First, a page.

Gideon Lewis-Kraus on the idea of pilgrimage as pretext

“Part of what interested me so much about pilgrimage as a concept—what made me think it might work as a structure to hang a bunch of other stuff (questions of restlessness and purpose and forgiveness) on—was that, the more I read and talked and thought about it, the more capacious the idea seemed: Pretty much anything can be described as a pilgrimage. People talk about pilgrimages to Graceland or Cooperstown, or to see Saturn Devouring His Children at the Prado, or just to Flushing to get good soup dumplings, so one of the challenges I faced was how to limit the discussion. There’s a whole bit in the book where I talk about why, for example, I chose not to convert to Islam to go on the hajj. But what it ultimately came down to, for me, was the idea of pilgrimage as pretext: It’s an arduous (which, obviously, means very different things to different people, but the implication is at least some minimal experience of inconvenience or austerity) trip where the eventual arrival is generally besides the point, at least in retrospect.”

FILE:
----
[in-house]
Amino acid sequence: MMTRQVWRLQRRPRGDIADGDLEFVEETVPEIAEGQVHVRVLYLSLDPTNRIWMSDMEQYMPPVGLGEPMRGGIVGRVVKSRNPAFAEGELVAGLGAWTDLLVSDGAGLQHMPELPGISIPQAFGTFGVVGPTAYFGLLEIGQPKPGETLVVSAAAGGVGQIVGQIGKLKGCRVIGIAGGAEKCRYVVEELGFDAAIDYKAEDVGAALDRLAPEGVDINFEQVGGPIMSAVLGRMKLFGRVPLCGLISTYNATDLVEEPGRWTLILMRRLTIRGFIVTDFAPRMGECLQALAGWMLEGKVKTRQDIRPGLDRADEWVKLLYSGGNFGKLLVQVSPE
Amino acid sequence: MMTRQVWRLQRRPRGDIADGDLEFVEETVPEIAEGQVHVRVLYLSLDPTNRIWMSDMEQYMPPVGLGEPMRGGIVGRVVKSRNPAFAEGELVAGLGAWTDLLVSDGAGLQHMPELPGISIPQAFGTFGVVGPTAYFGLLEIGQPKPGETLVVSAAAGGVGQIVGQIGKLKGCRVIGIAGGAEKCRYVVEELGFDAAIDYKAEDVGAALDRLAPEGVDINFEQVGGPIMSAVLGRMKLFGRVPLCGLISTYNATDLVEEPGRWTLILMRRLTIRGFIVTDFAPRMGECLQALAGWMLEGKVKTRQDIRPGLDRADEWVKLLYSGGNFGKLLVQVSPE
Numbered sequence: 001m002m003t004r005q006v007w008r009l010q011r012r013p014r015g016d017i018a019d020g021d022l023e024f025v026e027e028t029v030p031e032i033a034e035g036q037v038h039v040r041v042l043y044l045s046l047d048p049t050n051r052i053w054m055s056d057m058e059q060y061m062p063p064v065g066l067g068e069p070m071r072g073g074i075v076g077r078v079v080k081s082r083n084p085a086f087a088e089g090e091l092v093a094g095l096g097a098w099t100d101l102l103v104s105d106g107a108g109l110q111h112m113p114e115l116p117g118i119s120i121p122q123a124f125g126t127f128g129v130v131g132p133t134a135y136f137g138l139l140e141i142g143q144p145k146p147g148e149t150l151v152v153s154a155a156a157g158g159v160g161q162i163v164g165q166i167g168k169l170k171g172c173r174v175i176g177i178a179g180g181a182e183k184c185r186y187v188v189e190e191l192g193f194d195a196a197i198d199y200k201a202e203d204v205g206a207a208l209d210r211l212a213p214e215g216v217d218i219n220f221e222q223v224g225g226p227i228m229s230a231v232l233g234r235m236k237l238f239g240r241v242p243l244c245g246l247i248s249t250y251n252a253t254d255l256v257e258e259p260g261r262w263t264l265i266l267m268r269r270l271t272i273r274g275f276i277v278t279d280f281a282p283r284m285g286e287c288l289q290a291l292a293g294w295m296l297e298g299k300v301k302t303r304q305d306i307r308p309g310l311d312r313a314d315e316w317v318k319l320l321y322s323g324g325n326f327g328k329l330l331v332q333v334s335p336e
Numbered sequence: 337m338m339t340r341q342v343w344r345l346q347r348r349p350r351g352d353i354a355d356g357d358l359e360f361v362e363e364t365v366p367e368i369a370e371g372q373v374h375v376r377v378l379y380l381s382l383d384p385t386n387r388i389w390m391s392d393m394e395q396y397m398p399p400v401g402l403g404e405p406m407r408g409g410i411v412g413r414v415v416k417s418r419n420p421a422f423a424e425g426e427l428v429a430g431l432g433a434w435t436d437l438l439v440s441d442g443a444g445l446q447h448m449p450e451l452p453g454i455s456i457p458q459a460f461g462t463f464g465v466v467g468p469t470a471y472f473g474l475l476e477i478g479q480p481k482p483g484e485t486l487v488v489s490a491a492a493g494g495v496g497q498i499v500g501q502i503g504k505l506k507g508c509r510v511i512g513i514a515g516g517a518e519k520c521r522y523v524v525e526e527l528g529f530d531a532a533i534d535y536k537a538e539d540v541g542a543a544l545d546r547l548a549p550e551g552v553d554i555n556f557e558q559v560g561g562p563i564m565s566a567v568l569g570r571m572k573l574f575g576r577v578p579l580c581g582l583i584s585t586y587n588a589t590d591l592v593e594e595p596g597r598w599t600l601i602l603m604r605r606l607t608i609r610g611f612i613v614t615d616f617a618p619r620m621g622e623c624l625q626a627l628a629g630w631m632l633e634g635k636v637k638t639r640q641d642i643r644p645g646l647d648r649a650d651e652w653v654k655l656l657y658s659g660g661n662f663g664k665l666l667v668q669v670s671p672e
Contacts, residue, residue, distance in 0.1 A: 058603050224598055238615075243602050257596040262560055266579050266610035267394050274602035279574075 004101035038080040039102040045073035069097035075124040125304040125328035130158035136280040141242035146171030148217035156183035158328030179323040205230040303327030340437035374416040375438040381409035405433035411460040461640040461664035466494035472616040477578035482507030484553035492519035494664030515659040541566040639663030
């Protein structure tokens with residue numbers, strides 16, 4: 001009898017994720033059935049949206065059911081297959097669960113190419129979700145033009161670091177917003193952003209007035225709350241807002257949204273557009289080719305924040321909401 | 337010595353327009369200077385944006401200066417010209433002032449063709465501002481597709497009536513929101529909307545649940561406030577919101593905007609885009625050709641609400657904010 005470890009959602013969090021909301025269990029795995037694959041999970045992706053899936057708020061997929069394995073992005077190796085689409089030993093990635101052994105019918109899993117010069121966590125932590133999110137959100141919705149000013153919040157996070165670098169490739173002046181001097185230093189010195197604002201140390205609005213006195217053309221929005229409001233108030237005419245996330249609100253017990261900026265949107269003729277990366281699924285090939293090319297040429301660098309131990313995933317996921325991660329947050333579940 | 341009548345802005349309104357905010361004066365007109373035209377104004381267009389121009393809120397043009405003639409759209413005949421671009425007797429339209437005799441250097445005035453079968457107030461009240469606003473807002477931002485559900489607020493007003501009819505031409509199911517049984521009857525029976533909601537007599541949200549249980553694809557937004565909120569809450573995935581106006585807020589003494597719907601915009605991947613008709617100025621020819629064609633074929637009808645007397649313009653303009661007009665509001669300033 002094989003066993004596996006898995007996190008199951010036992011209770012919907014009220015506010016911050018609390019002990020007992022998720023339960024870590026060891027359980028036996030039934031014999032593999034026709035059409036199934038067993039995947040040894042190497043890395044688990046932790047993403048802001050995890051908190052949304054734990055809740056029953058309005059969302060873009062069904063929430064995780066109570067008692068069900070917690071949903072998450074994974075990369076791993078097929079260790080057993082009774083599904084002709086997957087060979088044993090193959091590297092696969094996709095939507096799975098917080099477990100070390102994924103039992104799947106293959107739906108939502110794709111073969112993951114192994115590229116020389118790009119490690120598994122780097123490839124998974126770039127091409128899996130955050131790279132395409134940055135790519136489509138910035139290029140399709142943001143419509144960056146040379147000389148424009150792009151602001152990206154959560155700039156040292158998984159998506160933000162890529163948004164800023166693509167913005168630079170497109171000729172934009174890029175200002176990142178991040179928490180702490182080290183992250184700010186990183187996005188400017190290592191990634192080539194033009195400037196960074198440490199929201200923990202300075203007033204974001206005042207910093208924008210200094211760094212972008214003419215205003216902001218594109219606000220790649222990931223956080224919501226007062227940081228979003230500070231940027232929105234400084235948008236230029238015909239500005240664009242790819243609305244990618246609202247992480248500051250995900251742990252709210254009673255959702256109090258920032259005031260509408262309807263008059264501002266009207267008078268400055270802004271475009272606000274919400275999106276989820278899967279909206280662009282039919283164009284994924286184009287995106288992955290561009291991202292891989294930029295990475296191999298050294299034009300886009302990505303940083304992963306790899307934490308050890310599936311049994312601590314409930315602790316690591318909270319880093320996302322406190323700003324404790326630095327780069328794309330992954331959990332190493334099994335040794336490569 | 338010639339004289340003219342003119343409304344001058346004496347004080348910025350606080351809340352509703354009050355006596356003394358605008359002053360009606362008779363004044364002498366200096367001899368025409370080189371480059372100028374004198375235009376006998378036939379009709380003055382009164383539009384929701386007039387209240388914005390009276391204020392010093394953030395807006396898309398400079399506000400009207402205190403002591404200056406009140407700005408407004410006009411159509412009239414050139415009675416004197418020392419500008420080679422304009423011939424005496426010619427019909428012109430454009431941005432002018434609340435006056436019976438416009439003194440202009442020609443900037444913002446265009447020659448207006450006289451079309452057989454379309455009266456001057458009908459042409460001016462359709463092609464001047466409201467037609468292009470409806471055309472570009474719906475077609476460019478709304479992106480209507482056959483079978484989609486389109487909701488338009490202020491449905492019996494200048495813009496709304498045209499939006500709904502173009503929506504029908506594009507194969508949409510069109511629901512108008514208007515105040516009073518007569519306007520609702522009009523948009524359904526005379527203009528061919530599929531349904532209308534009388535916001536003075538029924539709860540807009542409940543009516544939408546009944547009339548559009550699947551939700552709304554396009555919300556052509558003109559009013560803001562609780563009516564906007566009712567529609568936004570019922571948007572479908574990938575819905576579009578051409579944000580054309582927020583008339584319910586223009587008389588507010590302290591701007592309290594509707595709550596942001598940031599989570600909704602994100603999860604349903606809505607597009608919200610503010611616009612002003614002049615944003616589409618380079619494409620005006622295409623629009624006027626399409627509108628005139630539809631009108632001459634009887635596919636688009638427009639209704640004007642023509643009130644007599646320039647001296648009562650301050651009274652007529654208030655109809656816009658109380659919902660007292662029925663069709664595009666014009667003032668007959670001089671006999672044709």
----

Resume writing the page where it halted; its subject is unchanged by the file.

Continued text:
–Gideon Lewis-Kraus, interviewed in World Hum, April 25, 2012

Posted by | Comments (1)  | March 10, 2014
Category: Travel Quote of the Day


One Response to “Gideon Lewis-Kraus on the idea of pilgrimage as pretext”

  1. Jennifer Miller Says:

    I’m reading his book now… in preparation for my Camino walk this June. The whole concept of Pilgrimage intrigues me, from the historical, religious and biographical senses, of course, but also what it has come to mean, or is evolving towards in our post-modern world where religion is, for many, becoming less of a driving force in life. It is one of the things I hope to study and think about as I walk this summer. Thanks for sharing, and thanks for connecting me with Gideon, he’s already proved a valuable resource.

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